> then that person is better off adopting (or even implementing) a format
    > which is lean and doesn't need to be human-readable. Once we start off by
    > picking up a human-readable format and then mangling it to make it leaner
    > then we simply abandon the single most important justification (and maybe
    > the only one) to adopt that specific format.
    >
    > Adding to that, if we adopt a human-readable format and then we are forced
    > to implement some compression scheme so that we can use it in it's
    > intended purpose then we are needlessly complicating things, and even
    > adding yet another point of failure to our code. After all, if we are
    > forced to implement a compression scheme so that we can use our human-
    > readable format in it's then we are basically adopting two different
    > parsers to handle a single document format. That means we are forced to
    > adopt/implement two different parsers to parse the same data tice which
    > must be applied to the same data stream in succession, and we are forced
    > to do all that only to be able to encode/decode and use information.
    >
    > Instead, if someone develops a binary format from the start and relies on
    > a single parser to encode and decode any data described through this
    > format then that person not only gets exactly what he needs but also ends
    > up with a lean format which requires a fraction of both resources and code
    > to be used.
    >


    well, for compiler ASTs, basically, one needs a tree-structured format,
    and human readability is very helpful to debugging the thing (so one can
    see more of what is going on inside the compiler).


    now, there are many options here.
    some compilers use raw structs;
    some use S-Expressions;
    ....

    my current compiler internally uses XML (mostly in the front-end),
    mostly as it tends to be a reasonably flexible way to represent
    tree-structured data (more flexible than S-Expressions).

    however, yes, the current implementation does have some memory-footprint
    issues, along with the data storage issues (using a DOM-like system eats
    memory, and XML notation eats space).

    a binary encoding can at least allow storing and decoding the trees more
    quickly, and using a little less space, and more so, my SBXE decoder is
    much simpler than a full XML parser (and is the defined format for
    representing these ASTs).


    however, in some ways, XML is overkill for compiler ASTs, and possibly a
    few features could be eliminated (to reduce memory footprint, creating a
    subset):
    raw text globs and CDATA;
    namespaces;
    ....

    so, the subset would only support tags and attributes.
    however, as of yet, I have not adopted such a restrictive subset (text
    globs, CDATA, namespaces, ... continue to be supported even if not
    really used by the compiler).

    even a few extensions are supported, such as "BDATA" globs (basically,
    for raw globs of binary data, although if printed textually, BDATA is
    written out in hex). but, these are also not used for ASTs.

    although, a compromise is possible:
    the in-memory nodes could still eliminate raw text globs and CDATA, but
    still support them by internally moving the text into an attribute and
    using special tags (such as "!TEXT").


    or such...
     
    BGB, Mar 1, 2011
    #12
  13. Generic Usenet Account

    Peter Flynn Guest

    On 01/03/11 10:11, Rui Maciel wrote:
    > Roberto Waltman wrote:
    >
    >> I personally find that markup/data overheads of several hundred
    >> percent are difficult to justify.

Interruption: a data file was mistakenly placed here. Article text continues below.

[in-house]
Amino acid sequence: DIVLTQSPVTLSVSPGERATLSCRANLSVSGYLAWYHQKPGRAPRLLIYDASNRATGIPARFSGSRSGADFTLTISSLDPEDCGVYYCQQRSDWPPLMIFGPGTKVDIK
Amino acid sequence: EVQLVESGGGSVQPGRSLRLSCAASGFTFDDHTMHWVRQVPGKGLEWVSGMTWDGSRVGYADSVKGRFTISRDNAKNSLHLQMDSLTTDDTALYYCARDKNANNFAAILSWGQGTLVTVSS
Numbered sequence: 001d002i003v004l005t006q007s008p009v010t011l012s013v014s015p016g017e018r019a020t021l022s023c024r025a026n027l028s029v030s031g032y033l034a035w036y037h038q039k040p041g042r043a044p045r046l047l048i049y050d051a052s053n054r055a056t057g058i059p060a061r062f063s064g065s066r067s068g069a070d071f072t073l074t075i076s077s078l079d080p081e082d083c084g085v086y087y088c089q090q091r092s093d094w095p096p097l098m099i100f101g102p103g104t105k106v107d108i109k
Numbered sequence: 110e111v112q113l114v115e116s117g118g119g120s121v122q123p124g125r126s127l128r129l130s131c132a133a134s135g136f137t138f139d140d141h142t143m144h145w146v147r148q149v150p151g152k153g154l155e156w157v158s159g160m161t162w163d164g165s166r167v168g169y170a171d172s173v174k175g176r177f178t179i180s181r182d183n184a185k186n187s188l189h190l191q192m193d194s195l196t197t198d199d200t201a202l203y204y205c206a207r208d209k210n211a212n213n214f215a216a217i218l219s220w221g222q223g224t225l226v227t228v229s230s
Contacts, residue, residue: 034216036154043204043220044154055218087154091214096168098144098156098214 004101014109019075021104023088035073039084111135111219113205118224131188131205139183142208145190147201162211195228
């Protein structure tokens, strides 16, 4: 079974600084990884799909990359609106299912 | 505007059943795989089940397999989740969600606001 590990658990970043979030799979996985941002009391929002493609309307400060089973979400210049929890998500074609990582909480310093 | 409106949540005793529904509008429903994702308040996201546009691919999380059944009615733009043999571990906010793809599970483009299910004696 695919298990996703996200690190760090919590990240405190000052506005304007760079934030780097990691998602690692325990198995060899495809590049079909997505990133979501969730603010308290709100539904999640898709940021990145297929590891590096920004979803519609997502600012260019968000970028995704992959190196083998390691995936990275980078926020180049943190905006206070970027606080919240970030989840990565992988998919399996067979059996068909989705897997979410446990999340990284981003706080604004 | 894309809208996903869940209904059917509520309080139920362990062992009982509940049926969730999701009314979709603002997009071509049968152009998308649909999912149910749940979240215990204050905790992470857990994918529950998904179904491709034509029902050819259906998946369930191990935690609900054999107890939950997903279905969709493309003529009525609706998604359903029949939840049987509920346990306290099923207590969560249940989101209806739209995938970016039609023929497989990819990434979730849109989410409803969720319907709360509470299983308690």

>>
    >> Somehow related, see "Why the Air Force needs binary XML"
    >> http://www.mitre.org/news/events/xml4bin/pdf/gilligan_keynote.pdf

    >
    > At first glance, that presentation is yet another example how XML is
    > inexplicably forced into inappropriate uses. The presentation basically
    > states that the US air force needs to implement "seamless interoperability
    > between the warfighting elements", which means adopting a protocol to
    > handle communications, and then out of nowhere XML is presented as a
    > given, without giving any justification why it is any good, let alone why
    > it should be used. As that wasn't enough, then half of the presentation
    > is spent suggesting ways to try to mitigate one of XML's many problems,
    > which incidentally consists of simply eliminating XML's main (and single?)
    > selling point: being a human-readable format.
    >
    > So, it appears it's yet another example of XML fever, where people
    > involved in decision-making are attracted to a technology due to marketing
    > buzzwords instead of their technological merits.


    [followups reset to c.t.x]

    Which is why we don't hear a lot about it now. The interoperability
    features of XML (plain text, robust structure, common syntax, etc) are
    ideal for open interop between multiple disparate systems, which is why
    it works so well for applications like TEI. In the case of milcom, they
    have the capacity to ensure identicality between stations, not
    disparity, and they also have absolute control over all other stages of
    messaging (capture, formation, passage, reception, and consumption), so
    the argument for openness and disparity falls.

    There is a well-intentioned tendency for milstd systems to be heavily
    over-engineered. While redundancy, error-correction, encryption, and
    other protective techniques are essential to message survival and
    reconstruction in a low-bandwidth environment, XML precisely does *not*
    address these aspects _per se_. Adding these to the design (at the
    schema stage) adds significantly to the markup overhead, which is
    typically already swelled by "design features" like unnecessarily long
    names.

    I see zero merit in using XML for realtime secure battle-condition
    military messaging. Perhaps some potential enemies do.

    ///Peter
    --
    XML FAQ: http://xml.silmaril.ie/
     
    Peter Flynn, Mar 1, 2011
    #13